With running backs J.K. Dobbins and Mark Ingram on the reserve/COVID-19 list, Gus Edwards (28 offensive snaps) and Justice Hill (26) saw similar playing time totals and both finished with nine carries.
45. EDGE YANNICK NGAKOUE
It’s all about setting proper expectations and carving out a role for Ngakoue, who has been a good, not great, pass-rusher throughout his career. He excels from wide alignments where he can threaten the edge and has the inside counters to keep offensive tackles off balance. Since 2017, Ngakoue has the eighth-best pass-rush grade in the league when rushing from wide alignments, at 89.1, but he grades out at just 68.3 from all other defensive line alignments. When combining that with a history of well below-average run-defense grades (he peaked with a 59.0 grade in 2018), Ngakoue has a limited skill set compared to other top edge defenders around the league.
Ngakoue’s best role is as a designated pass-rusher on a team with strong interior rushers and in a scheme where he can stay on the outside while limiting his work in the run game.
Contract Analysis: Eventually, a team that trades for Ngakoue has to pay him, right? Ngakoue shouldn’t be too confident in that happening, as Baltimore let Za’Darius Smith walk after 2018 and couldn’t come to terms with Matthew Judon this past offseason. They’re not afraid of losing edge rushers.
48. EDGE MATTHEW JUDON
There’s an element to Judon’s game that screams “buyer beware,” as he has had high sack totals and good — not great — pass-rush grades over the past three seasons. The Ravens’ blitz-happy scheme certainly helps create mismatches and unblocked pressures, but even with those factored in, Judon has an above-average pass-rush grade over the past three years. The caveat is the expectation that he’ll become a “10-sack guy” in any system. Judon fits best as a situational rusher who can take advantage of mismatches and be used as a pass-rush/spy weapon against athletic quarterbacks.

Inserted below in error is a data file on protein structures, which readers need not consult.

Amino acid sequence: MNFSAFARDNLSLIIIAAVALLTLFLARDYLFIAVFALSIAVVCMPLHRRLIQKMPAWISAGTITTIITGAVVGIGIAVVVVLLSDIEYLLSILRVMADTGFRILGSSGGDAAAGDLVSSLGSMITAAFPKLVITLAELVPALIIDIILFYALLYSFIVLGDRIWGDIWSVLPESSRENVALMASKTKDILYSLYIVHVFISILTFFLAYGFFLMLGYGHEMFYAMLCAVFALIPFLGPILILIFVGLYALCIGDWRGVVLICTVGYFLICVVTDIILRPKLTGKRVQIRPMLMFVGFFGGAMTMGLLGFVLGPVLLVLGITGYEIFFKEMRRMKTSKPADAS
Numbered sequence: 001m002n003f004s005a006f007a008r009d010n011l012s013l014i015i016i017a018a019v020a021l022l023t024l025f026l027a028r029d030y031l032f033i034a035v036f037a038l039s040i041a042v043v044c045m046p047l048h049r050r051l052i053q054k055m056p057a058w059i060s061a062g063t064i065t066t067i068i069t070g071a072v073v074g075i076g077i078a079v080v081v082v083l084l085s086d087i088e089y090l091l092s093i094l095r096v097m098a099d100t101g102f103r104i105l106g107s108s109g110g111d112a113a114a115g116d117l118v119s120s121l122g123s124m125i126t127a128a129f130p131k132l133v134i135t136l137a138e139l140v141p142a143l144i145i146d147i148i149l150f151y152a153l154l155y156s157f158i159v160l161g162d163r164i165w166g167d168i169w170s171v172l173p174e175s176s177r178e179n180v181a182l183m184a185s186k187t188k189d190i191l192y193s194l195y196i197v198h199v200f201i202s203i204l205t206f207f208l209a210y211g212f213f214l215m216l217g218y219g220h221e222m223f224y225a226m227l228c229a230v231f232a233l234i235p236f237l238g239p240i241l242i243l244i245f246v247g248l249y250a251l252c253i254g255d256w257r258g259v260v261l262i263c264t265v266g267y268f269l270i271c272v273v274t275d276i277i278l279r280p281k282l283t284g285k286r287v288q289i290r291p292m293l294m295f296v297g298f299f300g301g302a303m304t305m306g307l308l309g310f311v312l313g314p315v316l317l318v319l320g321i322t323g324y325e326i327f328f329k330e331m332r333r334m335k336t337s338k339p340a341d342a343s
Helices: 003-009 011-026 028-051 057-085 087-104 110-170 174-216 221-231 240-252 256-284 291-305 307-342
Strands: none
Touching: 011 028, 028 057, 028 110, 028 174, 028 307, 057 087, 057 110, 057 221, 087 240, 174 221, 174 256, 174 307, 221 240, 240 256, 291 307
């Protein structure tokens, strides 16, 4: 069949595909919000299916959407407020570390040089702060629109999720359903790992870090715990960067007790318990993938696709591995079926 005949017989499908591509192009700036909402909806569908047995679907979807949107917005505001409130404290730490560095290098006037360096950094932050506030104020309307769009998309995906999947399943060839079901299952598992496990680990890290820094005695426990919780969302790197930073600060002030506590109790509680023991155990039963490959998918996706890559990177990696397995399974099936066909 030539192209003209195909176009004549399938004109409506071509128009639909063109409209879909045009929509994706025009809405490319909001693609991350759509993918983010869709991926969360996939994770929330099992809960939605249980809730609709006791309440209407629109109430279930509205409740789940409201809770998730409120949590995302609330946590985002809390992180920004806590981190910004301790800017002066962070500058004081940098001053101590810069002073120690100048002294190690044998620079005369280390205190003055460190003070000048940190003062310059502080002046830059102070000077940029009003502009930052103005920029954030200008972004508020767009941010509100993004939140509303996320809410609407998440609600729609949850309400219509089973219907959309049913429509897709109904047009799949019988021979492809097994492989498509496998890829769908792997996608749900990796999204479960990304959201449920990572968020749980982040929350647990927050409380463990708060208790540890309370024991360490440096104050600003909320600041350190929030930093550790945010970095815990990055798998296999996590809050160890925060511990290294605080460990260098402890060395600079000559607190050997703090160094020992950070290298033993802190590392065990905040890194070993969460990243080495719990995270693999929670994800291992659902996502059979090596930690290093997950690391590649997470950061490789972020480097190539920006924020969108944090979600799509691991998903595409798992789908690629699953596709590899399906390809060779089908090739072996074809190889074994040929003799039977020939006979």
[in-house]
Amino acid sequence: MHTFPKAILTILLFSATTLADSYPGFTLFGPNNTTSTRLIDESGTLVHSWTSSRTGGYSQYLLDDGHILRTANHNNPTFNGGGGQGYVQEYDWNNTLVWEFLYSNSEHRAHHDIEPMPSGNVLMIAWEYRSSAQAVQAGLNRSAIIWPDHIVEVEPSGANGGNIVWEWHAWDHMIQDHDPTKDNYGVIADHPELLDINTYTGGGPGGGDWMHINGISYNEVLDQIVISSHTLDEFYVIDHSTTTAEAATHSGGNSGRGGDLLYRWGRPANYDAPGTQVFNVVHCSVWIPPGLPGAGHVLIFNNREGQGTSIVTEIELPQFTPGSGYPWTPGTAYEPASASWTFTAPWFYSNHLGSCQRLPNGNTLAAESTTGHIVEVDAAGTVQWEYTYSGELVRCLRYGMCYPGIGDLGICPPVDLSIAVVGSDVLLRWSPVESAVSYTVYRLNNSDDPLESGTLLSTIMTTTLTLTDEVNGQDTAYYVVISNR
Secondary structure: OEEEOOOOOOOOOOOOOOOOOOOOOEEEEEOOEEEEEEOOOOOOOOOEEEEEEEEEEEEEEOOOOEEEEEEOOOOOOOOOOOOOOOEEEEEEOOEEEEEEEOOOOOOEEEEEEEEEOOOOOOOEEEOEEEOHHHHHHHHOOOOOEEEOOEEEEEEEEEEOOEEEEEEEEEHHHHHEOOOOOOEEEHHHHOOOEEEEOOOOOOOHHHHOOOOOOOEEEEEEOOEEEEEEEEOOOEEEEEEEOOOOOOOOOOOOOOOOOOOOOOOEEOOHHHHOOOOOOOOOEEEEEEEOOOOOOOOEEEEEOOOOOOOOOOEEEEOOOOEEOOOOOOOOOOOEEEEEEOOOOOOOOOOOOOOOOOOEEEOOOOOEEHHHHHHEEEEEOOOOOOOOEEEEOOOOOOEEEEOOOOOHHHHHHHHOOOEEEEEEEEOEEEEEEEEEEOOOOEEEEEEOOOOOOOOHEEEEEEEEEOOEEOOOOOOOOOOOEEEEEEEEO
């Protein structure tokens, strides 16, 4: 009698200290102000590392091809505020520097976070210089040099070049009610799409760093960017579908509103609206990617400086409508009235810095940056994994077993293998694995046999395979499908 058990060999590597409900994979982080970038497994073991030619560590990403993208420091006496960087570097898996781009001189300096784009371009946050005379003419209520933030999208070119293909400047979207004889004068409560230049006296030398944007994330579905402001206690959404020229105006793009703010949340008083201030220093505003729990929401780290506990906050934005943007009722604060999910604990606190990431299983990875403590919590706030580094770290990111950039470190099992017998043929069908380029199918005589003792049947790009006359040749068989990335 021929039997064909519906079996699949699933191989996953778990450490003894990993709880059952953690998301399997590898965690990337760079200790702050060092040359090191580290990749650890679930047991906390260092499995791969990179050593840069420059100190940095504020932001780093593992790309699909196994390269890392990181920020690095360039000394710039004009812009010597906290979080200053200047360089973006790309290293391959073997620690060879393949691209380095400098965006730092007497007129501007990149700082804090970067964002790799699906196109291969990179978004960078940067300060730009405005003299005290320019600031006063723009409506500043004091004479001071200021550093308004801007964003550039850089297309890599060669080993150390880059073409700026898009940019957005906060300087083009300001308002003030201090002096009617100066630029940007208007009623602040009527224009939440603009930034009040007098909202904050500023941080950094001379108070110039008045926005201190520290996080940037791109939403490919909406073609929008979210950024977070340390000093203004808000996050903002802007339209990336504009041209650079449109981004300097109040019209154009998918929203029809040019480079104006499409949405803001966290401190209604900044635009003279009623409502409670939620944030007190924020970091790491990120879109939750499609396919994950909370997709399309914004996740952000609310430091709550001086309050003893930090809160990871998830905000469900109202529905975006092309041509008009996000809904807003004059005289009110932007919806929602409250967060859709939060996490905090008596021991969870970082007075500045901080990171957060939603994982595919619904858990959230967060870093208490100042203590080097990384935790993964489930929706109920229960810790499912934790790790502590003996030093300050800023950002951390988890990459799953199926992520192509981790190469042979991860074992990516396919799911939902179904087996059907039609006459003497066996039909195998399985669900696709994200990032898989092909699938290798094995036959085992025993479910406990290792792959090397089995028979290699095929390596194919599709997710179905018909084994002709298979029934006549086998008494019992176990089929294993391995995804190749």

Contract Analysis: It appears Judon is facing the same fate as former Ravens edge rusher Za’Darius Smith, especially after Baltimore doled out huge extensions to cornerback Marlon Humphrey and left tackle Ronnie Stanley. Reigning MVP Lamar Jackson is eligible for an extension after the season, as well.
NFL Week 13 game picks: Undefeated no more! Washington stuns Steelers - Gregg Rosenthal
TUESDAY, DEC. 8
Baltimore Ravens 23, Dallas Cowboys 16
The Ravens’ roster is compromised. One season after clinching home-field advantage with a week to spare, they are the AFC’s ninth seed with five games left. Baltimore hopes to get Lamar Jackson and others back for this game, but the Ravens can’t take anything for granted after the month they’ve been through. The Cowboys have experienced their share of awful luck this season, but they’ve collapsed within games enough times to believe it’s park of their makeup. When the talent is so depleted for both sides, I lean toward the better quarterback and better organization.